This week, Craig Siminski, of CMS Retirement Income Planning, shares with us an article looking at the potential shape of the COVID-19 economic recovery; with some historical context and key factors that may affect the direction of the economy:
On June 8, 2020, the National Bureau of Economic Research (NBER), which has official responsibility for determining U.S. business cycles, announced that February 2020 marked the end of an expansion that began in 2009 and the beginning of a recession.
This was no great surprise considering widespread business closures due to the coronavirus pandemic and the resulting spike in unemployment, but it was an unusually quick official announcement.
The NBER defines a recession as “a decline in economic activity that lasts more than a few months,” so it typically takes from six months to a year to determine when a recession started.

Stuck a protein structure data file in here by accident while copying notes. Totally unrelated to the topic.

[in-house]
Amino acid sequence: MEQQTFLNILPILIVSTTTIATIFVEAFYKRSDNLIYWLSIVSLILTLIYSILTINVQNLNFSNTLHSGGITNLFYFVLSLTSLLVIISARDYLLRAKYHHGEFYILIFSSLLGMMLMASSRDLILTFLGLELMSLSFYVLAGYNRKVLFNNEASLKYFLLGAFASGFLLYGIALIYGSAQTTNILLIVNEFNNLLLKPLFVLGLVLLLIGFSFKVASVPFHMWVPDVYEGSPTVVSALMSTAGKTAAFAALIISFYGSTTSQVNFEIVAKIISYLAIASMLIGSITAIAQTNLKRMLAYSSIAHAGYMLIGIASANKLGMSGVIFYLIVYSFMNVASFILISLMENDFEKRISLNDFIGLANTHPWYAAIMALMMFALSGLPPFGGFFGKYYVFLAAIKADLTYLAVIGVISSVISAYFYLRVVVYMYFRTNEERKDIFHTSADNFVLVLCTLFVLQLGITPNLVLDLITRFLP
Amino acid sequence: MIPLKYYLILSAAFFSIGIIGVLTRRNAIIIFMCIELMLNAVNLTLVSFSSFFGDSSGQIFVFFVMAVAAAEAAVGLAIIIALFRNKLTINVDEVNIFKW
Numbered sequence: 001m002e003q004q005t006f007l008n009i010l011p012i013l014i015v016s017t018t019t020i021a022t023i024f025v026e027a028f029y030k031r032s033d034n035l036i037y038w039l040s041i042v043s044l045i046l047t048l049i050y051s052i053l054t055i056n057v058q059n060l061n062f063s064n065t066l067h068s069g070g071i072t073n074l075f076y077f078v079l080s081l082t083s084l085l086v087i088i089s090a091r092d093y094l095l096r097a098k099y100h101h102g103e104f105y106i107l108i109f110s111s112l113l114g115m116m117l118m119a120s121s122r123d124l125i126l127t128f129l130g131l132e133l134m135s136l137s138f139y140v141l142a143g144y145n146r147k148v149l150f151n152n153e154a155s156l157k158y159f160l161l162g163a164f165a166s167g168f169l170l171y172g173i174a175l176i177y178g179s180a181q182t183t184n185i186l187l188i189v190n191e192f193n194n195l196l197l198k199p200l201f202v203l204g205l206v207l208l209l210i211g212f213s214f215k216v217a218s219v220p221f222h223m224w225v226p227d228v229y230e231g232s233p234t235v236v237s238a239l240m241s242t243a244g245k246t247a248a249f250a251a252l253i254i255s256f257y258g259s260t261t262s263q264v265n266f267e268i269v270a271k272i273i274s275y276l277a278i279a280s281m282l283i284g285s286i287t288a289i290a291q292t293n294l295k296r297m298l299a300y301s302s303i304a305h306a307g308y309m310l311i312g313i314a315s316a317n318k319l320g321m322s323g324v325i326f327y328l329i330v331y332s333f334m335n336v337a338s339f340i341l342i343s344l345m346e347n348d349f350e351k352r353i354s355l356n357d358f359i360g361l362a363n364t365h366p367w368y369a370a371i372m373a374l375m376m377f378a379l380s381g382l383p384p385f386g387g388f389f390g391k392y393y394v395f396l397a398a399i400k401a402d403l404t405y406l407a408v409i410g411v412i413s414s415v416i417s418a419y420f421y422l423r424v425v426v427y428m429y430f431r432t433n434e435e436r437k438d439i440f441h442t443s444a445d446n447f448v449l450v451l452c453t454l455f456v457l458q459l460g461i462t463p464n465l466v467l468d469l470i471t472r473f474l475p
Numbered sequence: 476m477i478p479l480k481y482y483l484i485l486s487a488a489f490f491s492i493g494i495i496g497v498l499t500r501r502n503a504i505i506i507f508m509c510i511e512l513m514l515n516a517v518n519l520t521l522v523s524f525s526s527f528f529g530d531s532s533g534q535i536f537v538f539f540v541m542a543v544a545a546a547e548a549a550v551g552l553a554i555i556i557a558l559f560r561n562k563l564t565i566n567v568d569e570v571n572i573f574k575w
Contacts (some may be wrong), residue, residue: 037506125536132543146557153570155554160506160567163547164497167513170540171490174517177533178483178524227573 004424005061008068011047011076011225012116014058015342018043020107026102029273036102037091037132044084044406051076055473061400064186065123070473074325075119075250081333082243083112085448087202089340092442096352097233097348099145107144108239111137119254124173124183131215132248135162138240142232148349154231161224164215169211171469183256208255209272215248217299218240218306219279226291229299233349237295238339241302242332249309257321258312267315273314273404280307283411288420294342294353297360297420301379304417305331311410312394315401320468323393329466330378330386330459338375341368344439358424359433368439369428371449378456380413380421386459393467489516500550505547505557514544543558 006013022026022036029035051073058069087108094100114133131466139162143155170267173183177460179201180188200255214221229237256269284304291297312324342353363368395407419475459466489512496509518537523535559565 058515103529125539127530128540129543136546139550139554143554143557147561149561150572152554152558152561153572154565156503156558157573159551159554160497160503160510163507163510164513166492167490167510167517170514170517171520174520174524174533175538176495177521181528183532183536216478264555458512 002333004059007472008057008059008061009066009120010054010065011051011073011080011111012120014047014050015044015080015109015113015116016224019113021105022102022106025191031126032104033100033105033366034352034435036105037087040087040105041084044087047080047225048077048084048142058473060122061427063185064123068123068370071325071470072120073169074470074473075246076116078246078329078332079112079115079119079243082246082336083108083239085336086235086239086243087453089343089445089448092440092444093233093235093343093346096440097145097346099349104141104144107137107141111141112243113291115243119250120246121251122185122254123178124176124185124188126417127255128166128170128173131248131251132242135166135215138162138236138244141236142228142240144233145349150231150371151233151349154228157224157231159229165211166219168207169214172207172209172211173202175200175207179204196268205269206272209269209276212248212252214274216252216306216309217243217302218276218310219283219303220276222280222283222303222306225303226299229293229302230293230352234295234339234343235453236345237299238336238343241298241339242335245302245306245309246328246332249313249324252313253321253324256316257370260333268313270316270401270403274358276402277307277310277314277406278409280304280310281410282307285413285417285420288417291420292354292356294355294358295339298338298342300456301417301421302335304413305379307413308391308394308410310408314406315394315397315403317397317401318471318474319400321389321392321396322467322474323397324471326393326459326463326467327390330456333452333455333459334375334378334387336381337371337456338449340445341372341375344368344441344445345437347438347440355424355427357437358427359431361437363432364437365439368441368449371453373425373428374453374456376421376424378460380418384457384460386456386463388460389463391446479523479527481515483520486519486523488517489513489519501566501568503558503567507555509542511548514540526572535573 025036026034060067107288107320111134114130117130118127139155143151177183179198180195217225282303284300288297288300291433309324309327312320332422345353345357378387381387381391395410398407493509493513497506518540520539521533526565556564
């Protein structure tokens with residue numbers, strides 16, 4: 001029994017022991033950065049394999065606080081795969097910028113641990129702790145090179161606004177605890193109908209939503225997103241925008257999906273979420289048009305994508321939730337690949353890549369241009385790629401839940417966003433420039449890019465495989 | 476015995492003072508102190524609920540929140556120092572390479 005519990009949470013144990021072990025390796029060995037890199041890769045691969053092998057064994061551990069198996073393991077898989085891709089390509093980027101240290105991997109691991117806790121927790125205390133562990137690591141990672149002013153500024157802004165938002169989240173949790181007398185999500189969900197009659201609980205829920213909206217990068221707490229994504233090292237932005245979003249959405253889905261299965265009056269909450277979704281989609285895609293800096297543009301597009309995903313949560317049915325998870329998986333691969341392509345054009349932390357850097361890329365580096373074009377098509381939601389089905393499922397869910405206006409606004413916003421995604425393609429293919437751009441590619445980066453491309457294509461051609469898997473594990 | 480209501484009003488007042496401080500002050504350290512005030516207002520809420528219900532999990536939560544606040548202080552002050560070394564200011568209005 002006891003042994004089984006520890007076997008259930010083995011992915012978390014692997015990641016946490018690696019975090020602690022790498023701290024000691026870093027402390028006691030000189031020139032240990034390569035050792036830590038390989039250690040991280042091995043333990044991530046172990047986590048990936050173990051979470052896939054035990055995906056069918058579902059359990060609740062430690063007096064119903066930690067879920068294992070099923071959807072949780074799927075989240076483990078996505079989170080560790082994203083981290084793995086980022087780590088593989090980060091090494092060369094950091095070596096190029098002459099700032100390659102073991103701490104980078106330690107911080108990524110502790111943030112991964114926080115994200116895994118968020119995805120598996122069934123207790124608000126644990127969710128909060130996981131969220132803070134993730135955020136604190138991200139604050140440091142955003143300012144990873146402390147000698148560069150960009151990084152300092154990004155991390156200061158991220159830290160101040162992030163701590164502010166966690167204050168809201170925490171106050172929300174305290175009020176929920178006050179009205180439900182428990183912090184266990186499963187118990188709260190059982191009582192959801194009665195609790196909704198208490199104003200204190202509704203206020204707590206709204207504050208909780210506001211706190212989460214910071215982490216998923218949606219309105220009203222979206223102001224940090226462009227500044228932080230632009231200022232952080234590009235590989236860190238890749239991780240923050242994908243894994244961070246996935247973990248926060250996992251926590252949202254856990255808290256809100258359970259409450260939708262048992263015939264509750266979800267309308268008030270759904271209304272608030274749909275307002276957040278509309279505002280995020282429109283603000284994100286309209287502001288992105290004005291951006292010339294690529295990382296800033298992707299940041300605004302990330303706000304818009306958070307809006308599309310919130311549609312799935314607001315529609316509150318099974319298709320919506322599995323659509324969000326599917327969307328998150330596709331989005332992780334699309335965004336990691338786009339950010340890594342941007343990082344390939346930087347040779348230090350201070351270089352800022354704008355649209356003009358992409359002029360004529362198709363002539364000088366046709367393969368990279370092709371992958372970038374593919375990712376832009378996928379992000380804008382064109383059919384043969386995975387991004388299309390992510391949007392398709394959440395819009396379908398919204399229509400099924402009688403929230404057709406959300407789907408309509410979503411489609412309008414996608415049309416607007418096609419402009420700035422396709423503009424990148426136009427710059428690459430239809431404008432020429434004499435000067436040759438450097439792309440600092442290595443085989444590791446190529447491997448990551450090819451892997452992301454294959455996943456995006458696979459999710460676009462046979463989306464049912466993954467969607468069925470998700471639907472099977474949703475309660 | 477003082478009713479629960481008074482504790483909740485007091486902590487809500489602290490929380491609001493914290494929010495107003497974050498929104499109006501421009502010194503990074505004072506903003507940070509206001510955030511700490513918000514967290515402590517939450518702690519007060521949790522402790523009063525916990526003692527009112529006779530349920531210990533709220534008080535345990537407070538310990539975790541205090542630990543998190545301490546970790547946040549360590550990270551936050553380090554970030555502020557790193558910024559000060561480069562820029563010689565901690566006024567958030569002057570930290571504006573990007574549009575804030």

In this case, the NBER’s Business Cycle Dating Committee concluded that “the unprecedented magnitude of the decline in employment and production, and its broad reach across the entire economy,” warrants the designation of a recession, “even if …
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Craig Siminski is a CERTIFIED FINANCIAL PLANNER™ professional, with more than 22 years of experience. His goal is to provide families, business owners, and their employees with assistance in building their financial freedom.
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